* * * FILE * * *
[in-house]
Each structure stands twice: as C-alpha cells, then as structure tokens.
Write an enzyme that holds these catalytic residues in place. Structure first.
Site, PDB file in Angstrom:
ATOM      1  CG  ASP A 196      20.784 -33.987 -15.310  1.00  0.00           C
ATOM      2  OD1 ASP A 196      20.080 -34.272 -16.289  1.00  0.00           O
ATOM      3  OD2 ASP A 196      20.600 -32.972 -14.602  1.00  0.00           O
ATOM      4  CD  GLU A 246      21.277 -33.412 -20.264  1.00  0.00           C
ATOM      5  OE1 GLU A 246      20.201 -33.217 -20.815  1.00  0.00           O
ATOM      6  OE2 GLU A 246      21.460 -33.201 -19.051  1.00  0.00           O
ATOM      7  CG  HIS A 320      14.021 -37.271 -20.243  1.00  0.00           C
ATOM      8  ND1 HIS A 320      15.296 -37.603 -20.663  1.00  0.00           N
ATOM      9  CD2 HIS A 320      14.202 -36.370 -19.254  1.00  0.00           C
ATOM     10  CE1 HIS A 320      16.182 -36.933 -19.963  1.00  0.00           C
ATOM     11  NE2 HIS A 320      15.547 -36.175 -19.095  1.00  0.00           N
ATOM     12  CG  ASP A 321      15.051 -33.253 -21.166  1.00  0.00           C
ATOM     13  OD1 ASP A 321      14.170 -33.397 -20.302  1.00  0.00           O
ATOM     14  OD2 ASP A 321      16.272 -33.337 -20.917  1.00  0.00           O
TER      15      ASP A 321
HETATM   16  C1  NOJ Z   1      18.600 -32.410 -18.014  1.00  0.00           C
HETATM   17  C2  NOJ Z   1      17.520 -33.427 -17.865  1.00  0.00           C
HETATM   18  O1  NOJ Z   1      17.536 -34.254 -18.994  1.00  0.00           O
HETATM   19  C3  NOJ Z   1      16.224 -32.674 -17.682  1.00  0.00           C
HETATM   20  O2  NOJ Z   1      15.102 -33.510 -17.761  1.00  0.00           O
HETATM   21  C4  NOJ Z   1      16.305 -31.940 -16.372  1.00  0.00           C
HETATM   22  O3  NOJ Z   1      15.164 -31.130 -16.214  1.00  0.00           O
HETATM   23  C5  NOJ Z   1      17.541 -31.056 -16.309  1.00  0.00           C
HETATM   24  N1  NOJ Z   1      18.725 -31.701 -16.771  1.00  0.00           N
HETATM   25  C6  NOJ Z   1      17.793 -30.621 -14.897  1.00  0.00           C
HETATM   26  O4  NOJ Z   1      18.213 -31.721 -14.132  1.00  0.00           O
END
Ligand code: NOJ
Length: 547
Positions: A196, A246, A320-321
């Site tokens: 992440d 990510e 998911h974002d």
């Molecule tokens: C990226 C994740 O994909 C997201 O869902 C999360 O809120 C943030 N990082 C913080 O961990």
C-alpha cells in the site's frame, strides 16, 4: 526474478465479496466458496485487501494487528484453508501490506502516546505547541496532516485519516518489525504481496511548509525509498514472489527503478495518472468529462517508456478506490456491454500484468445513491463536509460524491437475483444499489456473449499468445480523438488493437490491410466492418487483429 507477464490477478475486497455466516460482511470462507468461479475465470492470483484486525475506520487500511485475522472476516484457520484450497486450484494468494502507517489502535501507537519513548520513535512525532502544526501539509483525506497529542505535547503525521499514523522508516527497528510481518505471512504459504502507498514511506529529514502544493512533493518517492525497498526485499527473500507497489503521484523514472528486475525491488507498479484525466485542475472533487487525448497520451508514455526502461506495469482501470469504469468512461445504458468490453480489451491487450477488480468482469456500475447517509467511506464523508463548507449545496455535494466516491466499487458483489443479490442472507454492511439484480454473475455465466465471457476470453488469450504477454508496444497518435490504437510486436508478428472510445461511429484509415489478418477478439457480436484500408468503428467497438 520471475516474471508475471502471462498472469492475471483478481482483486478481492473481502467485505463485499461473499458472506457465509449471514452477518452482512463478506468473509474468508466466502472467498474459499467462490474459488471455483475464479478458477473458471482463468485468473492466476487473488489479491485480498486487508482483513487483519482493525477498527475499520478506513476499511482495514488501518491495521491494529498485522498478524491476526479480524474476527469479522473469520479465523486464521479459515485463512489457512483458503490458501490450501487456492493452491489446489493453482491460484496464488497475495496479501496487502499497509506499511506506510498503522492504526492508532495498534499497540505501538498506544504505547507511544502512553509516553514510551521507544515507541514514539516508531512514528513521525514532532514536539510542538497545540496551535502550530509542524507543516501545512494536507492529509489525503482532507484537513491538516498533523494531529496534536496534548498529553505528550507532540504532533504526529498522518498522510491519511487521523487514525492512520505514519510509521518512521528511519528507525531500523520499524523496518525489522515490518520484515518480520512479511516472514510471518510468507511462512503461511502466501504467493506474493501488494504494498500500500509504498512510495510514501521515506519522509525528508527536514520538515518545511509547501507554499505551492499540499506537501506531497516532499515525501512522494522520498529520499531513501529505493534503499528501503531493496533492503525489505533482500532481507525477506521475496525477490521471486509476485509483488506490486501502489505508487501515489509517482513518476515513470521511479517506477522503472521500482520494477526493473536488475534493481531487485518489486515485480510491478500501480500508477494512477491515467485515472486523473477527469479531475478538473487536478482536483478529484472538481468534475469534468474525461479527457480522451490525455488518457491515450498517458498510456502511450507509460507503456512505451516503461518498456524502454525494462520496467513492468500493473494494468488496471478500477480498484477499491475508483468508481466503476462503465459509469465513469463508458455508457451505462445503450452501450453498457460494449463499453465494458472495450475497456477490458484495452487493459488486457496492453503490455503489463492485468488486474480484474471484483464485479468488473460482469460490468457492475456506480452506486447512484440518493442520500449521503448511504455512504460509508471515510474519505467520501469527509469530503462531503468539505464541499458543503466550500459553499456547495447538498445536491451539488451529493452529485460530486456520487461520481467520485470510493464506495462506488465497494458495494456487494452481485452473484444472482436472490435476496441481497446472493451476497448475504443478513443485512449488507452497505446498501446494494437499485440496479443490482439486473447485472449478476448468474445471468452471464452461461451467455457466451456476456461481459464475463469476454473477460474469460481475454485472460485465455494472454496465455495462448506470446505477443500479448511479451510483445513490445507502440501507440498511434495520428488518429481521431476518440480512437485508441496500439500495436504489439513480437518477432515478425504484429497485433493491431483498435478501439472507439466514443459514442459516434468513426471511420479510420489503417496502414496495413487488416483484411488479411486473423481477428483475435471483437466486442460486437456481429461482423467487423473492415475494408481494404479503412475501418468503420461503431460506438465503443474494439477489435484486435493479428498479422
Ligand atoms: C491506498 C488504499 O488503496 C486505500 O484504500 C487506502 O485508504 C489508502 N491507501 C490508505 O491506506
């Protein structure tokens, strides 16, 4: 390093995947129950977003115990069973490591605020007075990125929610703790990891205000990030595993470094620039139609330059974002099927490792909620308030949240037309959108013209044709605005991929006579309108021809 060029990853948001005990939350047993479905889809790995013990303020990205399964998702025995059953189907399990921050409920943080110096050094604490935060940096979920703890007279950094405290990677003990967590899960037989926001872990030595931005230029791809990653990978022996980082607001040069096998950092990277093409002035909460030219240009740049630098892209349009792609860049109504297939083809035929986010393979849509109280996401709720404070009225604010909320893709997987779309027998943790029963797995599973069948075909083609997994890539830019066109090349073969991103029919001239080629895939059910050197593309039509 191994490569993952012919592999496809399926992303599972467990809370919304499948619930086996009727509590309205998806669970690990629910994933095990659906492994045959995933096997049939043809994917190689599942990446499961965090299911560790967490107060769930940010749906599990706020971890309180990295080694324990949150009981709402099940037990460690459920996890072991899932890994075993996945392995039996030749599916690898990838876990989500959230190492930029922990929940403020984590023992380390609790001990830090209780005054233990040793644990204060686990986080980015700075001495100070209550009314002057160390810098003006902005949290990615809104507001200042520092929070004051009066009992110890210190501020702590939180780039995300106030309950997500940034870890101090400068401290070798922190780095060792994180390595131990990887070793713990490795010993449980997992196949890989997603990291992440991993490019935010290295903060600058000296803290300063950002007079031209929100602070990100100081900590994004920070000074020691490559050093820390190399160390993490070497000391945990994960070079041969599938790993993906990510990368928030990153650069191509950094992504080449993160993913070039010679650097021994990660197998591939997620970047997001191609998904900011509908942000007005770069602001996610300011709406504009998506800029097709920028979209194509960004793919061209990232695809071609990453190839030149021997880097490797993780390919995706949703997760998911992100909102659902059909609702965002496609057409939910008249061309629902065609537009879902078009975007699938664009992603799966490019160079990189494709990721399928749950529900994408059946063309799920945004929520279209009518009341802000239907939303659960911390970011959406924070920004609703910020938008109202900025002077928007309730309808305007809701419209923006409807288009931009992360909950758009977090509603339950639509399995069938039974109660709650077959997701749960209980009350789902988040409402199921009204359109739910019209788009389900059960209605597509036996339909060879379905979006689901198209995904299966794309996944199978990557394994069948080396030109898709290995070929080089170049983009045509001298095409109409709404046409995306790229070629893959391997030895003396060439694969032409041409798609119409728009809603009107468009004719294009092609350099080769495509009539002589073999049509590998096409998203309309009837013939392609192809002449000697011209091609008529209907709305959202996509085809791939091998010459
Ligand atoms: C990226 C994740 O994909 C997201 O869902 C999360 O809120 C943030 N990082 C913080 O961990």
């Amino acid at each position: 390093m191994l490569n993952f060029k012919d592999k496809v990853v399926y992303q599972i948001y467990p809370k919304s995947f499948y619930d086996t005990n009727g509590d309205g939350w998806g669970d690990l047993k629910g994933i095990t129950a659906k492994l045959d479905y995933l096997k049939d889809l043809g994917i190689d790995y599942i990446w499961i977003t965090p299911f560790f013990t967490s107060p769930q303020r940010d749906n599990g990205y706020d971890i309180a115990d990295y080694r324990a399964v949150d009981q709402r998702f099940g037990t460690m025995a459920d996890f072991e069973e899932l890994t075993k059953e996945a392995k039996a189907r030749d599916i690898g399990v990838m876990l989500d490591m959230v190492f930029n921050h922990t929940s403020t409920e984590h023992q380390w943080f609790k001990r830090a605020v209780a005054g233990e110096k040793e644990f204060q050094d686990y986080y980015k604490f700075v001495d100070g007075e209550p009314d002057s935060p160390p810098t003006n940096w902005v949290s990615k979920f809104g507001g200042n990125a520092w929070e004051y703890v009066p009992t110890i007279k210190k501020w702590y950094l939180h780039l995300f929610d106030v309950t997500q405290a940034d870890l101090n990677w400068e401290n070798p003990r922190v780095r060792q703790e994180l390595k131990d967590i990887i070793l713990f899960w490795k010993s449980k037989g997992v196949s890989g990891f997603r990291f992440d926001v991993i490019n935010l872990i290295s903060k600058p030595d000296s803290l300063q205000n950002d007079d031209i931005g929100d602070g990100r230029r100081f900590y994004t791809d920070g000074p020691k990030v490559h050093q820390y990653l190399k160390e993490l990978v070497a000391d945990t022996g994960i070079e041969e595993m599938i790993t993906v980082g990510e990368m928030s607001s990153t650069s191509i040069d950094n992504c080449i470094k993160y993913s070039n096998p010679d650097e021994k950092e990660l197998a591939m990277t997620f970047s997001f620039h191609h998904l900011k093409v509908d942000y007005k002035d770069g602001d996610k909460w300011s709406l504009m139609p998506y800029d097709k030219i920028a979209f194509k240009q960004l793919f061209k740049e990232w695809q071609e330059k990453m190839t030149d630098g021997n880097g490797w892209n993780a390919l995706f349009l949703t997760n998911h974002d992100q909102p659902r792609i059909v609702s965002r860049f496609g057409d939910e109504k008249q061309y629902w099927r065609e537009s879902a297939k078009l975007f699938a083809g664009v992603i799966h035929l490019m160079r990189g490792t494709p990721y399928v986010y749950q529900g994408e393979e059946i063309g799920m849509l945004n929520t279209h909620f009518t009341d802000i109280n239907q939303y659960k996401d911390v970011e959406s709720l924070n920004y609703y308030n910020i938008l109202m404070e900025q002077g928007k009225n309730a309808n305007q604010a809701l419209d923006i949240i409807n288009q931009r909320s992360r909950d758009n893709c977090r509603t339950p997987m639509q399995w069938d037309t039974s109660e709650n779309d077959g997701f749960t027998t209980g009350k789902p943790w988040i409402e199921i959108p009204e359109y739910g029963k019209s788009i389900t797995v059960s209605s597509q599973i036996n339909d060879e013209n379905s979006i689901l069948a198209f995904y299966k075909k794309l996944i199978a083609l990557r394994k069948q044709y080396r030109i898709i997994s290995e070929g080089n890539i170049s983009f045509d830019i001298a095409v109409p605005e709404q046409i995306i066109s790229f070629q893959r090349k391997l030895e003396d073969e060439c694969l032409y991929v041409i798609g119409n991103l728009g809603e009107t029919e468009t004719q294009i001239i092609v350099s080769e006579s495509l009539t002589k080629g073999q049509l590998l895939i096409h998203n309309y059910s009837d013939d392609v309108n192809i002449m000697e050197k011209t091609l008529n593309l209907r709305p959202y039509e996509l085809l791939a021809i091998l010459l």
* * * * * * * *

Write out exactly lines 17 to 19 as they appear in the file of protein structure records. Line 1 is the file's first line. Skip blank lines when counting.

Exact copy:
ATOM     13  OD1 ASP A 321      14.170 -33.397 -20.302  1.00  0.00           O
ATOM     14  OD2 ASP A 321      16.272 -33.337 -20.917  1.00  0.00           O
TER      15      ASP A 321